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Re: :export vs. define-public

From: Rob Browning
Subject: Re: :export vs. define-public
Date: Thu, 05 Sep 2002 12:38:03 -0500
User-agent: Gnus/5.090006 (Oort Gnus v0.06) Emacs/21.2 (i386-pc-linux-gnu)

Eric E Moore <address@hidden> writes:

> :export makes it considerably easier to port scheme code across
> multiple implememntations, since the code to deal with the module
> systems, which are regrettably non-standard, can be kept separate from
> the R5RS code.  If scheme had an official module system, it might not
> need :export.  'till guile has a good compiler, I'd like to see it
> possible to port code easily.  (I suppose one could write a
> define-public macro for schemes that lack one, but it's still nice to
> have :export)

Actually, I tend to like (export foo) better, but either way I agree,
:export and (export foo) make it possible to have a common source file
that you share between different scheme implementations.  The module
system specific bits can go in a stub file that loads the shared file,
or the sys-specific and shared files can be stuck together via cat at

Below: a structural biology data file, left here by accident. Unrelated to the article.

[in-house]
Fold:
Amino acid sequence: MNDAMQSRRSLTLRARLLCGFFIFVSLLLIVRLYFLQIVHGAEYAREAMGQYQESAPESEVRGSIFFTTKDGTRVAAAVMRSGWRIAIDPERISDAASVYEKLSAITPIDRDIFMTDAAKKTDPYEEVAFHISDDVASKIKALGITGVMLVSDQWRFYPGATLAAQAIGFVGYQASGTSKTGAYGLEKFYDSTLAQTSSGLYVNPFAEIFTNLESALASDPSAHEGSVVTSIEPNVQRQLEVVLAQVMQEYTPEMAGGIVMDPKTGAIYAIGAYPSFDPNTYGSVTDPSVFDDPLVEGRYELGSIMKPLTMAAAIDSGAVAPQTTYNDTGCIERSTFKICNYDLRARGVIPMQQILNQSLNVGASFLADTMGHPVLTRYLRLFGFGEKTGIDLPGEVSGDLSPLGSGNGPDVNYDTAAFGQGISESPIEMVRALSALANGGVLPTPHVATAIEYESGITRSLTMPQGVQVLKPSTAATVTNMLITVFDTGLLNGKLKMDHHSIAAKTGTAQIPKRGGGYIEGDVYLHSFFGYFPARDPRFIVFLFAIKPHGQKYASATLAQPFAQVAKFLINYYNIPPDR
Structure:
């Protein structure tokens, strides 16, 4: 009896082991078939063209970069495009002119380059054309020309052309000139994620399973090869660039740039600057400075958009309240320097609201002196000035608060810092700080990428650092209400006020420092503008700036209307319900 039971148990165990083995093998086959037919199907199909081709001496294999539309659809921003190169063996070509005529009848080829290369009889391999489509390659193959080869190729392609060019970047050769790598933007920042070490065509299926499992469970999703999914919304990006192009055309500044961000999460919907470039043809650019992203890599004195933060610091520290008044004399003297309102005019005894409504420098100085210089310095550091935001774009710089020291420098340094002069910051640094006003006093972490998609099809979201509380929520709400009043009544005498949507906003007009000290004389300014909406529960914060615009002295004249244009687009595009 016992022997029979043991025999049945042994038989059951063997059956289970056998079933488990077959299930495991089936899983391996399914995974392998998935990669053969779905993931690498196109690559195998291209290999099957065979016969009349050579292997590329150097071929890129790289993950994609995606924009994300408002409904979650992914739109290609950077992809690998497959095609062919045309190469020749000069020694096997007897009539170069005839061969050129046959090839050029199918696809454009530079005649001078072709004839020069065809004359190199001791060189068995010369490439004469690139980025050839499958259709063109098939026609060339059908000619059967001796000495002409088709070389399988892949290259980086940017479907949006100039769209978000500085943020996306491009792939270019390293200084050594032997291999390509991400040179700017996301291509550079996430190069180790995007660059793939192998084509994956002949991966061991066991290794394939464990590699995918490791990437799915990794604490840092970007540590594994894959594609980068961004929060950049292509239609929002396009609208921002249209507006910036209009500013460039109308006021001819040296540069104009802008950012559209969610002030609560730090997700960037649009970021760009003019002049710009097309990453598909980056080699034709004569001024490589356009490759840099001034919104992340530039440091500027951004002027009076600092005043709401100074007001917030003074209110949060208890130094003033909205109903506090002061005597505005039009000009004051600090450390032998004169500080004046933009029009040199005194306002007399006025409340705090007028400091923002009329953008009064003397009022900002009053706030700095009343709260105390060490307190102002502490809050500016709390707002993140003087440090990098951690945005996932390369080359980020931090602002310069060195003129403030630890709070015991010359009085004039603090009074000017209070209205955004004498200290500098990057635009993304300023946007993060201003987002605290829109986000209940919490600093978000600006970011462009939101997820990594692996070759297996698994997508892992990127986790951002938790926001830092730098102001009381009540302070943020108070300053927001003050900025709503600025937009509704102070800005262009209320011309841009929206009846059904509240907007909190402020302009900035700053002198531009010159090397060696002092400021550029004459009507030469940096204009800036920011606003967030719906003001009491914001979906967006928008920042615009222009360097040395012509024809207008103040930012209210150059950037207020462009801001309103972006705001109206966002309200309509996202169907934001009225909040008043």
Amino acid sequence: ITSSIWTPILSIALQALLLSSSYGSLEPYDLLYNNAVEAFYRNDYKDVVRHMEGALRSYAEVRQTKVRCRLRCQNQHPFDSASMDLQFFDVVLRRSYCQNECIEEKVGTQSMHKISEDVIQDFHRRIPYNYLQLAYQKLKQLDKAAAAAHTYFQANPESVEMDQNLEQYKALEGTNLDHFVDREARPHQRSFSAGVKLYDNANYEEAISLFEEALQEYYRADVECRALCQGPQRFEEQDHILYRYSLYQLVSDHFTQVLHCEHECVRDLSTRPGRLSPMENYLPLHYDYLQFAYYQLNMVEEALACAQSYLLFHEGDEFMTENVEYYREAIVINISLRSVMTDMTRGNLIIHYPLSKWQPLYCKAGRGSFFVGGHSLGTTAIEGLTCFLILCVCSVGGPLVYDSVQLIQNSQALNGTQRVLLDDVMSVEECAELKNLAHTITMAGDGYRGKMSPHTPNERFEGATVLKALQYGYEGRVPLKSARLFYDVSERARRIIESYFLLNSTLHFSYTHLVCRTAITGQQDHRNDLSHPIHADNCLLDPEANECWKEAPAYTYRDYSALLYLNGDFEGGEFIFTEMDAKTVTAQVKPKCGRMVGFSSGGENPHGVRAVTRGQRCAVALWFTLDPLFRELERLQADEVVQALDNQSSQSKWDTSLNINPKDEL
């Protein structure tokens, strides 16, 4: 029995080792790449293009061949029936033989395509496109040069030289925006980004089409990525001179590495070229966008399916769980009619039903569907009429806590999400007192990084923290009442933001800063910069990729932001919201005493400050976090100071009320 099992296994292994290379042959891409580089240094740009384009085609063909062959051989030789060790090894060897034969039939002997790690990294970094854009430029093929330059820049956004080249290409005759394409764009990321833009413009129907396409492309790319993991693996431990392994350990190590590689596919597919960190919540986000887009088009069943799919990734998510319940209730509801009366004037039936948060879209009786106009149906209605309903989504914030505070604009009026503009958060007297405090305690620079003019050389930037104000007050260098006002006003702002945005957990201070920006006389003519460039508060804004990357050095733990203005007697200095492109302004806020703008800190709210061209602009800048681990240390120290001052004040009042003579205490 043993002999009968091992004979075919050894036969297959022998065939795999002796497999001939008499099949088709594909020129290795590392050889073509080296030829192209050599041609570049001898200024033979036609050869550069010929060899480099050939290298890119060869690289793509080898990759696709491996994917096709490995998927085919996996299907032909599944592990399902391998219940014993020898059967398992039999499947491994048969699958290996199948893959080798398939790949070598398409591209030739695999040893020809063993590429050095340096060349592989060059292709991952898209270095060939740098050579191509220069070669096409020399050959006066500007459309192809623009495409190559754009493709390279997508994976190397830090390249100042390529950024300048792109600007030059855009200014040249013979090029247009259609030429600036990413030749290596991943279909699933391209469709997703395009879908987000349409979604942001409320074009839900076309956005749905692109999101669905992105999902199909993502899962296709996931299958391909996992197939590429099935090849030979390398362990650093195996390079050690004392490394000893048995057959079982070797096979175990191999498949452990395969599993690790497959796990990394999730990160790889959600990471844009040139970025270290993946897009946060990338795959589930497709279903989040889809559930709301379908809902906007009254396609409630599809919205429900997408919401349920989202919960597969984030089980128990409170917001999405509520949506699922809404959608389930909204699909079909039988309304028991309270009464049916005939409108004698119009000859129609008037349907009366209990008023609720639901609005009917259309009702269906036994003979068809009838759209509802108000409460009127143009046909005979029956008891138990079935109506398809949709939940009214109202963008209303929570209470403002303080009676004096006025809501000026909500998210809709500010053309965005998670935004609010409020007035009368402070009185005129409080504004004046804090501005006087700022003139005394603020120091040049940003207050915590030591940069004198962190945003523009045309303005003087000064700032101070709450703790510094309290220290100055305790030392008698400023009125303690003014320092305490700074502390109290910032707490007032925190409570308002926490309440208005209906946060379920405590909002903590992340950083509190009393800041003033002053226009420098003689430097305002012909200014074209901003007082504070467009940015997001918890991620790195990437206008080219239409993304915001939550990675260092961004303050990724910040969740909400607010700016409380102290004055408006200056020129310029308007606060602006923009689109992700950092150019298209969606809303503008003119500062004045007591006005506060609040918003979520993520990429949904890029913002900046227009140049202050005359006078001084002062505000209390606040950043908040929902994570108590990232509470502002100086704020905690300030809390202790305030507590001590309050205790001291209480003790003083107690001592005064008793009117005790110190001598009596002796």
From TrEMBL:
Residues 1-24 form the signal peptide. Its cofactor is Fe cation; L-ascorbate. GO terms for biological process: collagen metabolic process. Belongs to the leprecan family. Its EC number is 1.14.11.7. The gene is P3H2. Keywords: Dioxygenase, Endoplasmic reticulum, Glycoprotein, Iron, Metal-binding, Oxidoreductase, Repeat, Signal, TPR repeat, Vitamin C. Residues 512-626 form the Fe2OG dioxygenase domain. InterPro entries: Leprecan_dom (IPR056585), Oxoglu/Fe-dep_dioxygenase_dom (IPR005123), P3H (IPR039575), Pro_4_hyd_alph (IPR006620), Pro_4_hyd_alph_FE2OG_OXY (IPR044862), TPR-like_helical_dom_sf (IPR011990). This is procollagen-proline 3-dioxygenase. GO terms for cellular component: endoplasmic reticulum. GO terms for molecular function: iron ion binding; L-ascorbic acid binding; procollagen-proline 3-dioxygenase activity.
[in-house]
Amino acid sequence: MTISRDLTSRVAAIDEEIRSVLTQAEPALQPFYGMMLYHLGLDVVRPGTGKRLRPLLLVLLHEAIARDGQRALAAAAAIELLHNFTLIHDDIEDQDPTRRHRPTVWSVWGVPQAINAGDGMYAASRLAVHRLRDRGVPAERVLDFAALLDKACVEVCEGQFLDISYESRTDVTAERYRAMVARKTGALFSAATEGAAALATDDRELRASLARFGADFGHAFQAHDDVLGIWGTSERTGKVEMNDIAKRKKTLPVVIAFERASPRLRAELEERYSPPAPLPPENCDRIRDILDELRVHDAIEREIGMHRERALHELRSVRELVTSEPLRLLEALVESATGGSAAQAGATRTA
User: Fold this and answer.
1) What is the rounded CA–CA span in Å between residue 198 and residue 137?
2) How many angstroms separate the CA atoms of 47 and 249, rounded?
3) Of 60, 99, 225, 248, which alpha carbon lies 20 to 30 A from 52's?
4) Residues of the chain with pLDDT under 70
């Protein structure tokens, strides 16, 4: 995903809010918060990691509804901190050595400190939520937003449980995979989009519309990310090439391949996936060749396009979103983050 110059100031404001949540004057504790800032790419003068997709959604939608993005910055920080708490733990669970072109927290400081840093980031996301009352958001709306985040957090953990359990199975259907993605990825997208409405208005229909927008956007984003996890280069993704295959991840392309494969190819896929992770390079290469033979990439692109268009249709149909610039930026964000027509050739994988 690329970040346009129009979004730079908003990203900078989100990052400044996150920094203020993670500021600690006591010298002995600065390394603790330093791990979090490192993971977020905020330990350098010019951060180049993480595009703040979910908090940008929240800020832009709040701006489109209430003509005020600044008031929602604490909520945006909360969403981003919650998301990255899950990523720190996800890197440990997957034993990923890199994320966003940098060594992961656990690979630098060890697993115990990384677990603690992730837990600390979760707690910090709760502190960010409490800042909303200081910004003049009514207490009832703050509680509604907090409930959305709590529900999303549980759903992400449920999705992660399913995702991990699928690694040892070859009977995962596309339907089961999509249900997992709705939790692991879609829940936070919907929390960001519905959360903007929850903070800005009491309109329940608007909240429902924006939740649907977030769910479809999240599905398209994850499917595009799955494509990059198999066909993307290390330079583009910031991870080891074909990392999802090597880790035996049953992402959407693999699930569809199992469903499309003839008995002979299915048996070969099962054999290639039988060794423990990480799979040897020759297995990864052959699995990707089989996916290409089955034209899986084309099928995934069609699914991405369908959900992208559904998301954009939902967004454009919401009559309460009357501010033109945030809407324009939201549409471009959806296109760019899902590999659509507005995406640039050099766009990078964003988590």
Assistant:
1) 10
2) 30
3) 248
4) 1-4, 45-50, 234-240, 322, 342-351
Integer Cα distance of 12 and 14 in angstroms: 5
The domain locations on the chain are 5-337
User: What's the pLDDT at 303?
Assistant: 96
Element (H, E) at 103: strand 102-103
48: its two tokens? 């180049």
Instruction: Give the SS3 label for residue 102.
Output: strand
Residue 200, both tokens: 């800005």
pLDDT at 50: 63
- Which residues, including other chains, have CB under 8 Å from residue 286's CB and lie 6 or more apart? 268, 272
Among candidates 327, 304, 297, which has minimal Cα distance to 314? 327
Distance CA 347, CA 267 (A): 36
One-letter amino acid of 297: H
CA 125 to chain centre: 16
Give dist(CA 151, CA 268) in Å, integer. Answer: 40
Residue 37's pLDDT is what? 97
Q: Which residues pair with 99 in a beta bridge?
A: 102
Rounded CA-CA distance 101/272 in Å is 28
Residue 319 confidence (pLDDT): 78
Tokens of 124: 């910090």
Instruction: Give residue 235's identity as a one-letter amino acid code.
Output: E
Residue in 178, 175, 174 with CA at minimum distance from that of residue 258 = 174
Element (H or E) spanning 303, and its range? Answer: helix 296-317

build time.  While this isn't particularly important for me at the
moment, it has been handy in the past.

Another argument in favor of :export, and (export foo), depending on
how you use them, is that they can be used to centralize the
information about a given module's public exports.  That's something
I've found helpful in the past, but I'm sure which type of locality
you prefer depends on the person.

Personally, I have no problem with the availability of three different
export methods: (export foo), :export, and define-public, though I
actually prefer both (export foo) and :export over define-public since
they keep the module system bits independent of function definition,
and since I also prefer module "signature locality" to "locality of
editing" in this case.

FWIW I tend to use a set of (export foo) declarations at the top of
the file most of the time these days.  I believe (export foo) also
made code generation in g-wrap a little easier since I didn't have to
worry about placement as much, but that's not a big deal either.

Rob Browning
rlb,, and
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